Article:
Here are some fabrics I bought in Apia. The main souvenirs in Apia are fabric lengths and wooden items. There are lots of hand printed fabrics using the Elei method above or screen printed. Most of the screen printing is done using a stencil made of old X-ray film on the back of the screen. I've found this often makes a blob of ink as the squeegee goes over the cut edge, and I found signs of the 'blob' on lots of fabric lengths at the market. Its quite easy to see which fabrics have been screen printed and which have been rubbed on the carved boards.


I bought 4 of the stencils made of X-ray film. They were 10-15 tala each (about NZ$5 -$7). They are beautifully accurate and I was told that they are often sold by students from the local art school. When I let school I trained as a radiographer so I was quite interested in the X-rays as they still have the name and left or right lead markers showing on them.

I'm slowly sorting out my photos from the trip and hope to add more over the next few days.





Saturday, April 12, 2014

Updated quilt - complete...

Here it is , finished. The new border is sewn on, it has a more conventional hanging sleeve and a label on the back. It is rectangular , the photography isn't that brilliant , and it is rather unevenly quilted so I might do a bit of tweaking to make it hang flat. It looks a lot better without the ugly black borders. For a little quilt made 25 years ago, it doesn't look too bad. The screen printing ink hasn't faded very much at all, and once I'd got the dust off, it brightened up considerably. All in all, I'm very pleased.

Before shot

After finishing the quilt I made something for a challenge I'd given my Facebook friends, Many of us have been stuck at home due to bad weather, illness or in my case , treatment which makes me radioactive, so I have been stuck at home since Wednesday.

I have wanted to make a teacup pin cushion for some time. It is cute and girly and not at all conceptual, just the thing for a rainy afternoon. The glue is still wet. I think I might need a lie down now...



Friday, April 11, 2014

Updating an old quilt

6pm. A long long time ago, in a small town in a faraway country…well it was Goulburn in Australia…I screen printed some fabric while at the art school at Goulburn TAFE and turned it into a quilt. The fabric design was from a drawing which I made whilst listening to a piece of music, in this case it was Beethoven's Pastoral Symphony. As art students it was deemed that we should do music classes and the music students should do art. Both groups hated it at the time but I can see it had merit now.

I didn't know how to make a quilt and didn't know how to machine quilt, but I had done a one day class in machine embroidery.



- The batting is the fat stuff, the stuff you get sold at Spotlight if you don't know to ask for 'lo-loft'.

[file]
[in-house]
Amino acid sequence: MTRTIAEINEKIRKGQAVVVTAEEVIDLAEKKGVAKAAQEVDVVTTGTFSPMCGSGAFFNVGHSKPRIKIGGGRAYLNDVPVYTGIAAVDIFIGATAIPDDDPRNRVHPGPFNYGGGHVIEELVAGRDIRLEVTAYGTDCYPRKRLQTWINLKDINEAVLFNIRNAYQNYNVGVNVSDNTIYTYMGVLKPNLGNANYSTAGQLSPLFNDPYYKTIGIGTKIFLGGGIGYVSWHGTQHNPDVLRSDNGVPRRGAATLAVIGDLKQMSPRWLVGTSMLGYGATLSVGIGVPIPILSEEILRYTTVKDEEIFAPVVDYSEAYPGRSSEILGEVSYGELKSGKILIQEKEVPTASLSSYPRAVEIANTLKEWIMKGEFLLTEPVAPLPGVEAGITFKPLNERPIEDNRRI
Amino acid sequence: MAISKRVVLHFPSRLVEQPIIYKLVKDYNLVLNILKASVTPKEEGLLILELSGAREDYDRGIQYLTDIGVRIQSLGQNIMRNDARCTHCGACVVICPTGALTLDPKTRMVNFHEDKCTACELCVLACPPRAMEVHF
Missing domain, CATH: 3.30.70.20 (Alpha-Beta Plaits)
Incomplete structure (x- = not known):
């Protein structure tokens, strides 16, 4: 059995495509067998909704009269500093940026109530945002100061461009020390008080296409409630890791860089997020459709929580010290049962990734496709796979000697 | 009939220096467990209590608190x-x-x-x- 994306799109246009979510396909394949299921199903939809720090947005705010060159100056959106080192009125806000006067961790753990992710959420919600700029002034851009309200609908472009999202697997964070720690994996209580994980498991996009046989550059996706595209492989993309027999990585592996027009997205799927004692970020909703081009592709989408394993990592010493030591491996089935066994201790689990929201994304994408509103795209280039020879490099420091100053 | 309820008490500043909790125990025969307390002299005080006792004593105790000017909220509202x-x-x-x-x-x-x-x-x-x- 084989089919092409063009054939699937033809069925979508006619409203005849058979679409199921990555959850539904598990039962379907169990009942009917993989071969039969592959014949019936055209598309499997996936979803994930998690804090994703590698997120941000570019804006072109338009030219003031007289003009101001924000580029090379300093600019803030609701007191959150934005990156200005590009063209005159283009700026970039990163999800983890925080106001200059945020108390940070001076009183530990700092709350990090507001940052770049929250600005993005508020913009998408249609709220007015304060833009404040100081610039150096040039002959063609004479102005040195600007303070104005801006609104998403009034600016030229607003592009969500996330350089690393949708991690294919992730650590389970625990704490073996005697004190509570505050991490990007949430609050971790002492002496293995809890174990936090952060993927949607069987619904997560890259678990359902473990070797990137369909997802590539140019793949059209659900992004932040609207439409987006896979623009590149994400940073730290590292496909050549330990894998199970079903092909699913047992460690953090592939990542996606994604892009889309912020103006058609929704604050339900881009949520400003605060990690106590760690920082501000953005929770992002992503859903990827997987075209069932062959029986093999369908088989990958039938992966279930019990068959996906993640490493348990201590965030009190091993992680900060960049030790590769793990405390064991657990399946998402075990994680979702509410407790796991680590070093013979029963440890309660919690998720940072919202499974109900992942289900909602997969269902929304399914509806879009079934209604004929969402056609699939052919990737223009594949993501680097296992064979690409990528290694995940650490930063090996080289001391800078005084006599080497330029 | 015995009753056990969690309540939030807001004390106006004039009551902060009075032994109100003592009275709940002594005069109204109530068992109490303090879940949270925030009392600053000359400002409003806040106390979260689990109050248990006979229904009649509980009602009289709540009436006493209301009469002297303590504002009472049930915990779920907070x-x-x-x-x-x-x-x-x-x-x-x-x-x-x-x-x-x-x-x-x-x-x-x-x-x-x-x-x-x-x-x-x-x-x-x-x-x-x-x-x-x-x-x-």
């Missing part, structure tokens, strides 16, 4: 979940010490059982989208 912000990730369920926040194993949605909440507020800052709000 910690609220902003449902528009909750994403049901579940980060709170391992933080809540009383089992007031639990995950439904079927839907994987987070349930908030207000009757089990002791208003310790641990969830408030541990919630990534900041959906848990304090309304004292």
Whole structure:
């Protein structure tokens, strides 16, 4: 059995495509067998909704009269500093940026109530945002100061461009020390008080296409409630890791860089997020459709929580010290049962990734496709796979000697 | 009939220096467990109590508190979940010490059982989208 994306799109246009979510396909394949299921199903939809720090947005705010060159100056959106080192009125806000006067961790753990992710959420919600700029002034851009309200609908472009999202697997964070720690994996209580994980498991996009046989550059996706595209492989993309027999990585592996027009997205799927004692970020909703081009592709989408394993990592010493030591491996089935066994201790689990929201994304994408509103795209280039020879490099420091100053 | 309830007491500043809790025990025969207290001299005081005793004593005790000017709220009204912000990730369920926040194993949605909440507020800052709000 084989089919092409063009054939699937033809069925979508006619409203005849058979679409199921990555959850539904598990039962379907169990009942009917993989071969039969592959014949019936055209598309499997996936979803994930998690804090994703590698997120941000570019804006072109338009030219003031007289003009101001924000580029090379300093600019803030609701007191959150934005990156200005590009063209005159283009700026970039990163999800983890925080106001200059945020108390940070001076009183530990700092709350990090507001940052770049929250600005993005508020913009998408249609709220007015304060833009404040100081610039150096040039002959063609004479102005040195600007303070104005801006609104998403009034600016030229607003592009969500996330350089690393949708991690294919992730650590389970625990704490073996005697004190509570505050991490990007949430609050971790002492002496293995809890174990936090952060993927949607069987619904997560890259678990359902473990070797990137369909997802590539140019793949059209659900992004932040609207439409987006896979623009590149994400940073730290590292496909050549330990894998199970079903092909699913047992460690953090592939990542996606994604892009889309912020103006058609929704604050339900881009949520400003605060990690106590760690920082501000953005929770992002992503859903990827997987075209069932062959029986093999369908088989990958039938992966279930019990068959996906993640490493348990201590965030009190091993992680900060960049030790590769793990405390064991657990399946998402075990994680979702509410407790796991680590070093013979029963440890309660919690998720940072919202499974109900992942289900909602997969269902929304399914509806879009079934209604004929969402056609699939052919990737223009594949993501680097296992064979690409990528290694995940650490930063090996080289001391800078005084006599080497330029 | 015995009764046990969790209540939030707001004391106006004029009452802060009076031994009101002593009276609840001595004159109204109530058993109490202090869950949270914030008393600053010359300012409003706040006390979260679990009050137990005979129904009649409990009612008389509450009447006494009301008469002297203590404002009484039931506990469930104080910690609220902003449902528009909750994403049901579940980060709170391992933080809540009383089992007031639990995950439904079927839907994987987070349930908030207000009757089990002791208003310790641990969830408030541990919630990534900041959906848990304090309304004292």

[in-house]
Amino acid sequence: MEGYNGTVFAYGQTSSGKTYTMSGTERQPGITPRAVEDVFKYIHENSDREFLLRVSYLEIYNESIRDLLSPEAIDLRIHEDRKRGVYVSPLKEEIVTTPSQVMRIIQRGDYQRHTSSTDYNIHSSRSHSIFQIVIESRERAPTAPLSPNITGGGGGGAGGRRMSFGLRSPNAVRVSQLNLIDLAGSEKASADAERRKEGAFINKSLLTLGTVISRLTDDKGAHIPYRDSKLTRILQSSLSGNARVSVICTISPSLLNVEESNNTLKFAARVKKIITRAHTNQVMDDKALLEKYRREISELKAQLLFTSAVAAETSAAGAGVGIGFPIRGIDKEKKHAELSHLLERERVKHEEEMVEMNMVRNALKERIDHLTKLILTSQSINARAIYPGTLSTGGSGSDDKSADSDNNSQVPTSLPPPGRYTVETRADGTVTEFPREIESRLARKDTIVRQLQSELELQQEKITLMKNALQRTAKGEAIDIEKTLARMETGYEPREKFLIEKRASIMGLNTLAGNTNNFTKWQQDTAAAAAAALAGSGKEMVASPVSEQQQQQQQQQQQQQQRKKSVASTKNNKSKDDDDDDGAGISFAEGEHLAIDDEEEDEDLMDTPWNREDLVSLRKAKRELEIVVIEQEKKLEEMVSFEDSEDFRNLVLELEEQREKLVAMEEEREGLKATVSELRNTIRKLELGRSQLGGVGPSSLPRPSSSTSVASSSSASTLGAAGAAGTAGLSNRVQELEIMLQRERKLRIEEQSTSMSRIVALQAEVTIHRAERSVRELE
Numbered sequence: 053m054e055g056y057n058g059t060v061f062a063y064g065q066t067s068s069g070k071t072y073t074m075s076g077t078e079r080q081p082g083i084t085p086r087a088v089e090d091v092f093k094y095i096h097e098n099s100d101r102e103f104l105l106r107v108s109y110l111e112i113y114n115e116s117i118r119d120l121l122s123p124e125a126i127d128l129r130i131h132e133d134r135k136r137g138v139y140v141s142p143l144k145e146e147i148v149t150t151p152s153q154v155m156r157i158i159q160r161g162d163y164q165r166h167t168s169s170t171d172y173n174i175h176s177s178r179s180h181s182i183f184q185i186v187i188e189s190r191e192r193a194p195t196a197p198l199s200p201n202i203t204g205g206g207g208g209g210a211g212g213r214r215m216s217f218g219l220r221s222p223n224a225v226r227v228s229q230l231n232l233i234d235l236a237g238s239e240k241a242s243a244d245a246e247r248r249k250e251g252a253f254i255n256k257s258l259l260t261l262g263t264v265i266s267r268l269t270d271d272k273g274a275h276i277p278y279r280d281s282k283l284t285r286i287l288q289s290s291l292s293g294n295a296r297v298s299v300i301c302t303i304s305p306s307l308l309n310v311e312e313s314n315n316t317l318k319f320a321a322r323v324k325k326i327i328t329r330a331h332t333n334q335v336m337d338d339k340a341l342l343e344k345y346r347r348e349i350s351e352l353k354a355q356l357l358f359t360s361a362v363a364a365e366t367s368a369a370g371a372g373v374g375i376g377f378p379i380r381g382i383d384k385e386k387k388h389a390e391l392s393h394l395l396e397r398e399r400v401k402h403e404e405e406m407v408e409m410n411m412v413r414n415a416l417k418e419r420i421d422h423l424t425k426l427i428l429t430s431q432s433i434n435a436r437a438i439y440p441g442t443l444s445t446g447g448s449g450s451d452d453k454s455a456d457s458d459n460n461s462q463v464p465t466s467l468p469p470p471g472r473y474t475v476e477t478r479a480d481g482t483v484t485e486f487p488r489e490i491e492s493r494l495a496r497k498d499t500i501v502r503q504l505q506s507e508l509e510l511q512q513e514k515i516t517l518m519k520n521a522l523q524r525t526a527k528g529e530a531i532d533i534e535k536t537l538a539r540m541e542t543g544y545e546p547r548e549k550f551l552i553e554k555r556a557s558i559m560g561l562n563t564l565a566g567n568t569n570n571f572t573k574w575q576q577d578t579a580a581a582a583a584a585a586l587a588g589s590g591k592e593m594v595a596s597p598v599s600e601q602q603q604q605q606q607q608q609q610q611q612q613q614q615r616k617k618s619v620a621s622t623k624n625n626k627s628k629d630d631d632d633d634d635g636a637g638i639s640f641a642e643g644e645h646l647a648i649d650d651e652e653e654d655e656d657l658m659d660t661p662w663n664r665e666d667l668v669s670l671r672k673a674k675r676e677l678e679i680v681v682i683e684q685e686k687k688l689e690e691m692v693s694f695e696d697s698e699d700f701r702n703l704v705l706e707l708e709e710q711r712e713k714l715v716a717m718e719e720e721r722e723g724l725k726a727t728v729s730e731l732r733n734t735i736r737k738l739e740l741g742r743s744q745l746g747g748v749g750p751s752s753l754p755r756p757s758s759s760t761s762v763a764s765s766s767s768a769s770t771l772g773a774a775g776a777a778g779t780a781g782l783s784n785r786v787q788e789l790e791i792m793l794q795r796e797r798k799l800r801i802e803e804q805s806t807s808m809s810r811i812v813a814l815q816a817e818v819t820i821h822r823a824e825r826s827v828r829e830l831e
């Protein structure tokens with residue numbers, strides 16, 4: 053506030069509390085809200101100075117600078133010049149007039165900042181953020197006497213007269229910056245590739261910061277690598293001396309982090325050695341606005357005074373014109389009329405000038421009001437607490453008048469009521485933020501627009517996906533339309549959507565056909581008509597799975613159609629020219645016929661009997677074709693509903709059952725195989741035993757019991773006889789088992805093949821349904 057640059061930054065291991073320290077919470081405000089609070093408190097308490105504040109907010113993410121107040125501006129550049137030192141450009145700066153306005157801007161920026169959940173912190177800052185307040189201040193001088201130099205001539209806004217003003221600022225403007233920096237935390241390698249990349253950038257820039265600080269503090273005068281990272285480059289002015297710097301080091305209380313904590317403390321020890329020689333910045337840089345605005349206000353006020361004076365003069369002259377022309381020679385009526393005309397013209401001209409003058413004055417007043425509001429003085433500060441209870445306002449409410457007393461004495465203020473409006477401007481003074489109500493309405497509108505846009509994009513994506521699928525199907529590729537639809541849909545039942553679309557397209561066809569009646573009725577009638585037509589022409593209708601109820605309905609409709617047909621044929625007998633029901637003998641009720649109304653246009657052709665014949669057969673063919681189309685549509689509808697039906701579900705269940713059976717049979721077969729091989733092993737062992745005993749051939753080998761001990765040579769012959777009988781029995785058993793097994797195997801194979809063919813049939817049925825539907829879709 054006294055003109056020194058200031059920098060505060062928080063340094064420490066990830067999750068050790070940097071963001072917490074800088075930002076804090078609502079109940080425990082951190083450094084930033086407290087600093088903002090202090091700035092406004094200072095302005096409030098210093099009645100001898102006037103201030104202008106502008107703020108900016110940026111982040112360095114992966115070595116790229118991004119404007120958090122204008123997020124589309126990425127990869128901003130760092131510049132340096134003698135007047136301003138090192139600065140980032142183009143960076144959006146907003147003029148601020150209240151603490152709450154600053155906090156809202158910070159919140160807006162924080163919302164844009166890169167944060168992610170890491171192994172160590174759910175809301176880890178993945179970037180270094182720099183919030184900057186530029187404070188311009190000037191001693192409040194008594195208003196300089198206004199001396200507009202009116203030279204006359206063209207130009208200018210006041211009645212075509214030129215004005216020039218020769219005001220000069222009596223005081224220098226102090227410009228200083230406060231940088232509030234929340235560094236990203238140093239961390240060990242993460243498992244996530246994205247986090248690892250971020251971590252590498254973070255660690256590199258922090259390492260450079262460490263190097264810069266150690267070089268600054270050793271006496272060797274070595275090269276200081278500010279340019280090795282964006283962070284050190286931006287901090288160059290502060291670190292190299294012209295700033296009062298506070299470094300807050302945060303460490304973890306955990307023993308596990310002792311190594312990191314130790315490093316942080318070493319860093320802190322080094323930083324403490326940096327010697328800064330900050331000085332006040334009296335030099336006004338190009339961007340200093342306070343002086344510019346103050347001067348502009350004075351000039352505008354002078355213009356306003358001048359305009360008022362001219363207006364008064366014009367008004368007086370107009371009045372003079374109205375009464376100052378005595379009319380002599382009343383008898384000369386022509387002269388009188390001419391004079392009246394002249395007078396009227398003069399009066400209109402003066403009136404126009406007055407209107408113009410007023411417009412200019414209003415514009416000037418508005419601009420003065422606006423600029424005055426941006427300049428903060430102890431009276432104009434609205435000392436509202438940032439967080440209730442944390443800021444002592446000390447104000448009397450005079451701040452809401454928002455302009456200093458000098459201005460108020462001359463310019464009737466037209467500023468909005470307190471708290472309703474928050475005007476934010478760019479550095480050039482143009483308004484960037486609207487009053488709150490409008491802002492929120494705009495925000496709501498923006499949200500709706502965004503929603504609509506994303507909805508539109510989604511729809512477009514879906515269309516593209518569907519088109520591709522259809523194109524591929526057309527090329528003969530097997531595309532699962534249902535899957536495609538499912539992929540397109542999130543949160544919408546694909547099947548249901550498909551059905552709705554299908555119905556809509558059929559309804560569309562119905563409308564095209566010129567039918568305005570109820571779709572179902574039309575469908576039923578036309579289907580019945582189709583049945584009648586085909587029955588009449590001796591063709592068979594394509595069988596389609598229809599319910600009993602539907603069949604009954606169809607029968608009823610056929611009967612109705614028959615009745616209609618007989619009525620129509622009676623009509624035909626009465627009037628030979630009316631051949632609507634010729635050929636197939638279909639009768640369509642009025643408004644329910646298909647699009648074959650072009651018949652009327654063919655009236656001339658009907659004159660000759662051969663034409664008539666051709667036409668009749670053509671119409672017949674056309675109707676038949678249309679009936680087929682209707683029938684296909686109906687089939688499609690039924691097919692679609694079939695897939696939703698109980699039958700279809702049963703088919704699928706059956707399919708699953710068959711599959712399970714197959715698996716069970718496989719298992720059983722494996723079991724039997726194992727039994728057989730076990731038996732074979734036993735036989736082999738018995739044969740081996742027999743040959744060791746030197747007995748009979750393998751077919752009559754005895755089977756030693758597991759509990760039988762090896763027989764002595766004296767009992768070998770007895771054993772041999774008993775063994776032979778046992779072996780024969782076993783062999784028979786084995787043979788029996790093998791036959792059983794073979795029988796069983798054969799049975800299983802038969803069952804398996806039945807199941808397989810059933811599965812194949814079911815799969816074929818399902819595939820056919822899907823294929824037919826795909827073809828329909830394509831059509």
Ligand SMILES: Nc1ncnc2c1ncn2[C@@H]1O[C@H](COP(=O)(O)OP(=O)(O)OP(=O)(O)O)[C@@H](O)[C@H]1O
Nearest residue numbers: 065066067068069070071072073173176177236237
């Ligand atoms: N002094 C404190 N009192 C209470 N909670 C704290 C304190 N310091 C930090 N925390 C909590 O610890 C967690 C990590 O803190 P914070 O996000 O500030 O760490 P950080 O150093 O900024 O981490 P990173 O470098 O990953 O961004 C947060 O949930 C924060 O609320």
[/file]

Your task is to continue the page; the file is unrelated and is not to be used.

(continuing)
- I broke about 13 needles, largely because my machine didn't have a darning foot or drop its feed dogs and I used a spring loaded needle.
- I didn't know the quilting was supposed to show on the back so I covered it up because there were lots of tucks.
-I must have decided to make the quilt bigger after quilting it, so I had added black borders then tacked extra batting around to make it puffy.
-there was no hanging sleeve, I covered the stick with black fabric and attached the stick to the top of the quilt with tacking stitches.

Then when I came back to New Zealand, my brother liked it so I gave it to him and recently (well at least 2 years ago) he gave it back because it needed the stick to be re-attached.

Today I decided it needed to be updated, the border fabric has faded but the screen printed fabric looks as bright as when it was first printed.

I've unpicked the border which goes right round to the back (told you I didn't know how to quilt).  Here are some photos of my machine quilting circa 1999.
Note the thick batting , the stuff around the outside was tacked on later, to fill the border.

Tucks

coggles

folds
I now teach machine quilting which shows that anyone can improve with practice. I definitely learnt a lot from that quilt and a few years later, through the internet and talking to other quilters , I learned about lo loft batting, dropped feed dogs, darning feet, and how to avoid coggles and folds.

Everyone has to start somewhere…

I'll update this post as I update the quilt, a nice green border to diminish the black I think…

7.30pm
Borders taken off, it definitely looks better
Now , what to bind it with?
No, wrong green
Nope!





No

This is more promising...
But it's too small!
This is followed by turning the entire room upside down to find a bigger bit of fabric. Now I have decided to do 3 sides in this over dyed fabric (it was black and white once) and the top binding will be black. Hopefully that will work, or if all else fails I will 'face' it which will be hard because the batting is so fat that the fabric won't want to be turned to the back.

To be continued...

NB. If anyone is interested in learning more about my Thyroid journey I've made a separate blog.
www.nzthyca.blogspot.co.nz

Tuesday, March 25, 2014

Local news, marking time...

It's 7 weeks since I had my thyroidectomy, I'm healing well, but I'm just really marking time till the next stage of the journey. On the 7th of April I go 'radioactive'! It's a thyroid thing…but to prepare for that, I have had to stop taking the medication which I take to replace what the thyroid does normally, and I also have to eat a low iodine diet to make the thyroid cancer cells desperate, then ZAP!

In the meantime here are a few things I have been doing recently.
I managed to get to see the sculpture exhibition 'Shapeshifter' on about the last day of the Wellington Festival of the arts.
Yes this is a sculpture





Last weekend I went to the Wine Country quilt exhibition in Waipukurau which is about 4 hours from Wellington. My quilt group, Coastal Quilters, hired a bus and we left at 7.30am and got back in the late afternoon.
My favorite quilt was by Lyn Stoddart, and was a wonderfully warm wool 'wagga'' style quilt.
This week I have also been taking photos of slightly silly signs.

This is a painting on a power box, the eyes are stuck on later by some joker! 


Add caption

Why not just print the letters smaller?

sparrows eating the bread outside the bread shop

 The weather today from Tawa Countdown supermarket. Looks quite rural really
below is more like it, our street is all dug up and has been for weeks. Its hair raising driving over these drawbridges and sometimes I can't get out of the driveway at all.